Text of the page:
On October 17th, at eleven o’clock in the morning, he started for the Orlando airport. In his senectitude he felt more comfortable allowing ample travel time. Meg’s Delta flight from London should be arriving at 3:30. Meg had phoned twice from India, then on her way back, from London, where she was visiting her younger sister for five days. Chupy’s health was always among her inquiries.
Seventeen days should have been long enough to get used to sleeping alone but the absence of Meg on the left side of the bed allowed old nightmares to creep in with the early morning darkness, the favorite time for the scheduling of interrogations, executions and surgeries. It was a revelation to him that by the third day the conventions of breakfast, lunch, and supper had lost their power over him. He ate whenever he felt like it, whatever seemed to be the perfect food at that moment. On Tuesday before going to bed, he ate fruit salad topped with whipped cream and on Wednesday he ate a whole box of brie, wanting to O.D. on it to forget, once and for all, their period of tight budgets when the insufficiency of money had exposed his lack of backbone: he had accepted invitations to faculty parties where he could gorge on brie knowing full well that his immigrant enthusiasms for his adopted country would make him the perfect target for public ridicule. In China he would have been called a “Rice Christian.”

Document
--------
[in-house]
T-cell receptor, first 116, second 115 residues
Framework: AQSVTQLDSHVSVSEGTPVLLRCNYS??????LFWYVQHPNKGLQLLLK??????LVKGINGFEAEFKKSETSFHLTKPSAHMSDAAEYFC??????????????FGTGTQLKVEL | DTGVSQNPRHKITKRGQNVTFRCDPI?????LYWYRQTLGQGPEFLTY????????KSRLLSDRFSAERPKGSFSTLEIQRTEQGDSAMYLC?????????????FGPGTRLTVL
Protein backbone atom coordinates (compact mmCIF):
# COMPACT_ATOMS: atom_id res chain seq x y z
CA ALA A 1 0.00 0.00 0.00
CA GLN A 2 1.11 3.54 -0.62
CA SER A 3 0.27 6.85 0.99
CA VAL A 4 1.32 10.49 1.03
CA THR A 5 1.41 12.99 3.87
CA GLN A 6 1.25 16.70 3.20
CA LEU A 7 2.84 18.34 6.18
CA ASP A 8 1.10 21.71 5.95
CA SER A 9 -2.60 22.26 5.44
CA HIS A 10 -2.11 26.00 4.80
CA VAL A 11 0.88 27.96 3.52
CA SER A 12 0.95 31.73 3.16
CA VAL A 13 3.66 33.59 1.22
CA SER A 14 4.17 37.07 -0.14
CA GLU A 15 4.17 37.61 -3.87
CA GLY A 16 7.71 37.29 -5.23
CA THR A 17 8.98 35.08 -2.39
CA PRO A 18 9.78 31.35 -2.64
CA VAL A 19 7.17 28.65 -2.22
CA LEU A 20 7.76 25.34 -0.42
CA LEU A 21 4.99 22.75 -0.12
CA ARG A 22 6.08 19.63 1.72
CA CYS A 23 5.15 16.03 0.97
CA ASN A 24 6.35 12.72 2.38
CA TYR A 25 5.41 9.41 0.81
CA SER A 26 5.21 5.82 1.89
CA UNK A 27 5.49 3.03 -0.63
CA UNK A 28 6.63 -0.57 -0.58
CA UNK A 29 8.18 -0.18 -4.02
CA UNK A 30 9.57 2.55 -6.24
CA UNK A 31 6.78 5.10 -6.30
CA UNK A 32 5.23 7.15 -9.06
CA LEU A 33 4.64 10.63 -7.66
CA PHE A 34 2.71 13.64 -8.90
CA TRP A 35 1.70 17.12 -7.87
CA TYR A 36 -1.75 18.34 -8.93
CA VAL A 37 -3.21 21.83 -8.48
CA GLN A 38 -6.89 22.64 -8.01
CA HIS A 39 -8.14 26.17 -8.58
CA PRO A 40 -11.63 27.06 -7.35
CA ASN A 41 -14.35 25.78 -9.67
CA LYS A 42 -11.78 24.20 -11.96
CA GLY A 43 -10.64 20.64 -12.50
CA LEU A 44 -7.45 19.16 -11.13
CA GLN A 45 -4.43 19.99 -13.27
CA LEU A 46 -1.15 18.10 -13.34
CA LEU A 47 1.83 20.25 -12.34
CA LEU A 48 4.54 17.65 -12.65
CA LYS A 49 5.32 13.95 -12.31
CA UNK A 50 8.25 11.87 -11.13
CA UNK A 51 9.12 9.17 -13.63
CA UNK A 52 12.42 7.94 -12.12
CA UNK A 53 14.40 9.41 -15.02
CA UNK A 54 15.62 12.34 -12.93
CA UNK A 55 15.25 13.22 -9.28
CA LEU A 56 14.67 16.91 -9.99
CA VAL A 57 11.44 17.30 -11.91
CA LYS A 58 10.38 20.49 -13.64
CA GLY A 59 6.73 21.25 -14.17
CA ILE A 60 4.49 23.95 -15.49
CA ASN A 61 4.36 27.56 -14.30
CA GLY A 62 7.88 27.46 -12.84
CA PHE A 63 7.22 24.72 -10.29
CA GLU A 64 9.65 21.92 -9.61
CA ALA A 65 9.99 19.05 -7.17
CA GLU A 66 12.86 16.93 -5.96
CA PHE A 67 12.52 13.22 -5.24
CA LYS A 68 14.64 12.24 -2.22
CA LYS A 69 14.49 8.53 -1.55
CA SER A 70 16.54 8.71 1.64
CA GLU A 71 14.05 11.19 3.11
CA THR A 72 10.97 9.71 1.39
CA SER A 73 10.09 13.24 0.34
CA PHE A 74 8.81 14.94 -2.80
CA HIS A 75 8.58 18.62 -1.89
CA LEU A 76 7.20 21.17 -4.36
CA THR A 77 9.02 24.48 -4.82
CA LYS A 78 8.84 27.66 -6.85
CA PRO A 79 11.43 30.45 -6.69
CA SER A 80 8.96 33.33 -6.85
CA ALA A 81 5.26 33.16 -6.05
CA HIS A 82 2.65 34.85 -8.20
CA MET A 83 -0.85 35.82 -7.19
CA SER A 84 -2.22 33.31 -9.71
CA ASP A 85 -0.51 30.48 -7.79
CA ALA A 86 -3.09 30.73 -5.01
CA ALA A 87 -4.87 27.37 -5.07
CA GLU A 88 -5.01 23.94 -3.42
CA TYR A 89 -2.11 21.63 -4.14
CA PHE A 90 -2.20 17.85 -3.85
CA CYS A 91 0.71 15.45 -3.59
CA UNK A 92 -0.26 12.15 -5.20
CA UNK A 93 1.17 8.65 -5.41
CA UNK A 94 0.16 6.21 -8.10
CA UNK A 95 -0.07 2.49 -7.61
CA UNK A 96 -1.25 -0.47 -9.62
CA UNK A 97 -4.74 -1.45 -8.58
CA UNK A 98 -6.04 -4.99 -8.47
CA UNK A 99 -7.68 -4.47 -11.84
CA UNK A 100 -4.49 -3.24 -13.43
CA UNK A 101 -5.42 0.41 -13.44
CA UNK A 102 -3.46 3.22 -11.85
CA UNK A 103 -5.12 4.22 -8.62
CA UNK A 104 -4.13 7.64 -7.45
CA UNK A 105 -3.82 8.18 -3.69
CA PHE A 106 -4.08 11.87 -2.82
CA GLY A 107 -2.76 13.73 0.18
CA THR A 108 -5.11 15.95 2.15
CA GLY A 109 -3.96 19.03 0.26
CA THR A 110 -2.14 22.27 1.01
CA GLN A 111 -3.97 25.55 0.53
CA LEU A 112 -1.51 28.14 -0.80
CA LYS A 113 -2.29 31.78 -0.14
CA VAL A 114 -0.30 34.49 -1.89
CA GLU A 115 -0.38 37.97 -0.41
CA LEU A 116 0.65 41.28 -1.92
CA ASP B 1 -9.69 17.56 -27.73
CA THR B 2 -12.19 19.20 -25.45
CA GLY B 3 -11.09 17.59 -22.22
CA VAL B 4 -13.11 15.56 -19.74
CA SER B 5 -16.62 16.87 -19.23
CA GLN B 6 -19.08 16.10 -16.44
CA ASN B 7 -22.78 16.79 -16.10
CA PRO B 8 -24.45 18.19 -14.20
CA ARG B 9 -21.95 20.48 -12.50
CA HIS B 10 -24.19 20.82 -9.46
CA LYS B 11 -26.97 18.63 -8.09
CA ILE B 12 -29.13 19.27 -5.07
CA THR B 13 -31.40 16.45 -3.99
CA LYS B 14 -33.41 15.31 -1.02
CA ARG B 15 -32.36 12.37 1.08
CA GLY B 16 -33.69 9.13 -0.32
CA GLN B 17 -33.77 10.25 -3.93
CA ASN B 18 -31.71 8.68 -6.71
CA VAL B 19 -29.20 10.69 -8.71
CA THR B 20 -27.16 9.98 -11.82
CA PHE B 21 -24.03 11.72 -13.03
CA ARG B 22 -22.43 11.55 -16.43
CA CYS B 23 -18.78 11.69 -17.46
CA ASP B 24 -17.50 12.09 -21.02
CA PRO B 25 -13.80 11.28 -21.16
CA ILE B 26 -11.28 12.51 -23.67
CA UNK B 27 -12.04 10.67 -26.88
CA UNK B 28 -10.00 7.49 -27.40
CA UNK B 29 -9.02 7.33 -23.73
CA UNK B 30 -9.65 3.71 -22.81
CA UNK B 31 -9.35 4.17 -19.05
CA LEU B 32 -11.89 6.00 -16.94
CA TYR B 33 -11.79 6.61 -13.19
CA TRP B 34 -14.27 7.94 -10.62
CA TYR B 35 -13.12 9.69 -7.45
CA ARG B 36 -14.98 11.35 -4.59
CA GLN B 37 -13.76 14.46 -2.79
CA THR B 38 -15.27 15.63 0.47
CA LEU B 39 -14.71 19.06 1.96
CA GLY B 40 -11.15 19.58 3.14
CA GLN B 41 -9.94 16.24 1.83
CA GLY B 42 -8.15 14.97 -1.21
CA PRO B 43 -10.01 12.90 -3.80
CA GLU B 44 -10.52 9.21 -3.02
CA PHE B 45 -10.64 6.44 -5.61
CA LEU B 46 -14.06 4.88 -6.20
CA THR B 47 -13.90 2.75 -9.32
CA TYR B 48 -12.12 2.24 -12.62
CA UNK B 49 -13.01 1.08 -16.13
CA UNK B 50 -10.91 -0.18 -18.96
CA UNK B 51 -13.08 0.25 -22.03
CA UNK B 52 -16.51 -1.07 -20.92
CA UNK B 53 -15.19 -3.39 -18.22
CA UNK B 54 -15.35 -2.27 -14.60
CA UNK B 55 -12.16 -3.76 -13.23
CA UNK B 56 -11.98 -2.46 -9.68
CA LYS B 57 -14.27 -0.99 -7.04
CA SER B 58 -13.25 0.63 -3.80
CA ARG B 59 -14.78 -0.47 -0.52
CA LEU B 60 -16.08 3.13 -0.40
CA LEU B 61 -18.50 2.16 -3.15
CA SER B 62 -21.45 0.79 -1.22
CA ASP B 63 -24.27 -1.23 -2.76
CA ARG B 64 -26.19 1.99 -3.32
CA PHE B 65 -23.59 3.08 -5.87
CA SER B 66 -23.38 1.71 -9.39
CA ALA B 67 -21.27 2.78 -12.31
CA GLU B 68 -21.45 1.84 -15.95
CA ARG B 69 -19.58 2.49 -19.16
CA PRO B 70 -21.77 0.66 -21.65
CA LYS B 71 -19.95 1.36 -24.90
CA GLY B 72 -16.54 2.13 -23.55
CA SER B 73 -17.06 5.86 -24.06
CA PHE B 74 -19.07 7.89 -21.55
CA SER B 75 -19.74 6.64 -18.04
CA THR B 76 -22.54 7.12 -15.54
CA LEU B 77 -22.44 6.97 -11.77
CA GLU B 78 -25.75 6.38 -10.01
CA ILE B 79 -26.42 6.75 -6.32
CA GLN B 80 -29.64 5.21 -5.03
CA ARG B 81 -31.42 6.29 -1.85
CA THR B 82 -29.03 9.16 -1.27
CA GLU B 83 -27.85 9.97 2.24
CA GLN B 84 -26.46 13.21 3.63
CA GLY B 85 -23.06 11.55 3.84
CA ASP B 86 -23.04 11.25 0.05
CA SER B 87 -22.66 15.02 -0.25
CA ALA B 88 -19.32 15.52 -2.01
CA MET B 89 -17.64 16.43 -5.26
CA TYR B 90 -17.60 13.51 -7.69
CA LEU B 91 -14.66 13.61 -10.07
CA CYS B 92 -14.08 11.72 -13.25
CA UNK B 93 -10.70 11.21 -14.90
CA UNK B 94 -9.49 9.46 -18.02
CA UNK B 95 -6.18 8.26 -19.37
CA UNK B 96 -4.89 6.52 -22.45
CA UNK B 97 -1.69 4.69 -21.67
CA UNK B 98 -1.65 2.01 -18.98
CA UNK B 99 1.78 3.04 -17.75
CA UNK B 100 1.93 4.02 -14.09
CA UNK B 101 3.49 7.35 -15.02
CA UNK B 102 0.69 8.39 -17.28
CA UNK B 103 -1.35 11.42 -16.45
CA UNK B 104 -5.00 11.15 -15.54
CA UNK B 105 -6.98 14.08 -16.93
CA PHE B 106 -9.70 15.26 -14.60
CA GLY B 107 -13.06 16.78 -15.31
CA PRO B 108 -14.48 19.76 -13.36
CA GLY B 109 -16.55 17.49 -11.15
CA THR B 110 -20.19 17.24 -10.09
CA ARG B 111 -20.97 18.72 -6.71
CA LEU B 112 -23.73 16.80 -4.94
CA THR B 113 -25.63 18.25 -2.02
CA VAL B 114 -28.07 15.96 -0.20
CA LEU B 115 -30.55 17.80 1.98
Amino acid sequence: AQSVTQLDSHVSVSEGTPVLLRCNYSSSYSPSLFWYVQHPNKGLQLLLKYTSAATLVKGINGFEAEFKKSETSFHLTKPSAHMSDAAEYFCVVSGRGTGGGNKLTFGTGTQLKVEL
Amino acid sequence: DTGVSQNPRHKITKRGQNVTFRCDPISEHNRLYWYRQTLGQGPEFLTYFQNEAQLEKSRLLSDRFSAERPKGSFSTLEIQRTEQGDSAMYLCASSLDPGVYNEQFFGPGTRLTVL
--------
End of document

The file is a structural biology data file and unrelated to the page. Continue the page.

Driving South on I-75 past Ocala, there were still prosperous ranches and horse farms with their neat fences. But the sweetly perfumed orange groves that had stretched all the way to Orlando and beyond were no more. The land had been taken over by Disney and the tourist industry that brought a different kind of prosperity to this part of Florida. Now the weather–unless it was a hurricane past magnitude three–was not able in a few hours to wipe out a season’s crop or kill with an overnight freeze whole groves representing years of work.
In 1952 there were only two main highways running down the length of Florida: Highway 27 in the middle of the state and A1A hugging the coast. In February of that year he was driving his boss in a two-and-half-ton GMC truck pulling a cattle trailer on Highway 27. The orange blossoms’ five waxy petals bloomed white against a background of dark green leaves. The trees covered the land on both sides of the road like a perfumed chenille bedspread. Mr. Durance owned 32,000
acres that he had bought bit by bit for thirty-two cents an acre at a time when a ranch hand’s pay consisted of a dollar a day, the use of a milk cow, grazing rights for five to ten of his own stock, and grain for his horse. The rider had to furnish his own roping saddle and a cutting horse.
He loved to hear Mr. Durance’s stories about Old Times, the Spaniards’ escaped cattle whose descendants still roamed on the ranch. Like them he too would become an indistinguishable part of the landscape. In two years he would have the right to vote and even to decide who the next President of the United States would be. He already paid taxes.
The reason they were driving to Orlando was so that Mr. Durance could buy a dozen registered Brahman bulls to begin upgrading his scrub cattle and to get hardier calves from his English breeds to better withstand the heat, flies, and ticks. Dust-bags and dips couldn’t cope with the onslaught that at certain times of the year drove the cattle mad, preventing them from putting on weight. In 1952 nobody would buy lean beef.